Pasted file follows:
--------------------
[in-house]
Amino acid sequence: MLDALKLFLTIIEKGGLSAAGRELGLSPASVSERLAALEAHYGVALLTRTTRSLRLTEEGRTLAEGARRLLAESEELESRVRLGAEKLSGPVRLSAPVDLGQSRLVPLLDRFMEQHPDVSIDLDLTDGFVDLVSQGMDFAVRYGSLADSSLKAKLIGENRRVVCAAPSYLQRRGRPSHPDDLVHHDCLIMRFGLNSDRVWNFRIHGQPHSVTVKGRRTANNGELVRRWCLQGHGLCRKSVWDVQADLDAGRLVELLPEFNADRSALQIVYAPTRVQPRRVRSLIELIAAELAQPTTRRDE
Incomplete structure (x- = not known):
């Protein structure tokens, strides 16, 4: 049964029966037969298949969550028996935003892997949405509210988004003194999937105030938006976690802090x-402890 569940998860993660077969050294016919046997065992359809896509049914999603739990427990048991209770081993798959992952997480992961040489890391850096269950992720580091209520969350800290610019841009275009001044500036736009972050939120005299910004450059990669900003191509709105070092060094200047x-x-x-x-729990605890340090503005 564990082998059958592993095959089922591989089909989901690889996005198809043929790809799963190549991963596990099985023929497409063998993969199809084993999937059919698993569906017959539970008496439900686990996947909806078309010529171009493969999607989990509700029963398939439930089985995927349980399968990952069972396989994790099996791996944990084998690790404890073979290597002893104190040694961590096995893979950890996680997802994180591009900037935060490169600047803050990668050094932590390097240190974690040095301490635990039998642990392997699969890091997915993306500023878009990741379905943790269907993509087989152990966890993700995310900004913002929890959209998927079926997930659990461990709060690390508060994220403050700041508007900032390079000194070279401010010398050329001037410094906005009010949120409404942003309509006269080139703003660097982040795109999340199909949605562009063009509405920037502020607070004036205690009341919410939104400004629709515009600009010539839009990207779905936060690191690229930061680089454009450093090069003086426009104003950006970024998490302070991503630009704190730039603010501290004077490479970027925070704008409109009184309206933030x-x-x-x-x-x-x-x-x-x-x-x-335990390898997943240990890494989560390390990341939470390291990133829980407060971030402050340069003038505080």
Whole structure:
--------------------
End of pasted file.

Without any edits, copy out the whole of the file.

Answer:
[in-house]
Amino acid sequence: MLDALKLFLTIIEKGGLSAAGRELGLSPASVSERLAALEAHYGVALLTRTTRSLRLTEEGRTLAEGARRLLAESEELESRVRLGAEKLSGPVRLSAPVDLGQSRLVPLLDRFMEQHPDVSIDLDLTDGFVDLVSQGMDFAVRYGSLADSSLKAKLIGENRRVVCAAPSYLQRRGRPSHPDDLVHHDCLIMRFGLNSDRVWNFRIHGQPHSVTVKGRRTANNGELVRRWCLQGHGLCRKSVWDVQADLDAGRLVELLPEFNADRSALQIVYAPTRVQPRRVRSLIELIAAELAQPTTRRDE
Incomplete structure (x- = not known):
């Protein structure tokens, strides 16, 4: 049964029966037969298949969550028996935003892997949405509210988004003194999937105030938006976690802090x-402890 569940998860993660077969050294016919046997065992359809896509049914999603739990427990048991209770081993798959992952997480992961040489890391850096269950992720580091209520969350800290610019841009275009001044500036736009972050939120005299910004450059990669900003191509709105070092060094200047x-x-x-x-729990605890340090503005 564990082998059958592993095959089922591989089909989901690889996005198809043929790809799963190549991963596990099985023929497409063998993969199809084993999937059919698993569906017959539970008496439900686990996947909806078309010529171009493969999607989990509700029963398939439930089985995927349980399968990952069972396989994790099996791996944990084998690790404890073979290597002893104190040694961590096995893979950890996680997802994180591009900037935060490169600047803050990668050094932590390097240190974690040095301490635990039998642990392997699969890091997915993306500023878009990741379905943790269907993509087989152990966890993700995310900004913002929890959209998927079926997930659990461990709060690390508060994220403050700041508007900032390079000194070279401010010398050329001037410094906005009010949120409404942003309509006269080139703003660097982040795109999340199909949605562009063009509405920037502020607070004036205690009341919410939104400004629709515009600009010539839009990207779905936060690191690229930061680089454009450093090069003086426009104003950006970024998490302070991503630009704190730039603010501290004077490479970027925070704008409109009184309206933030x-x-x-x-x-x-x-x-x-x-x-x-335990390898997943240990890494989560390390990341939470390291990133829980407060971030402050340069003038505080």
Whole structure: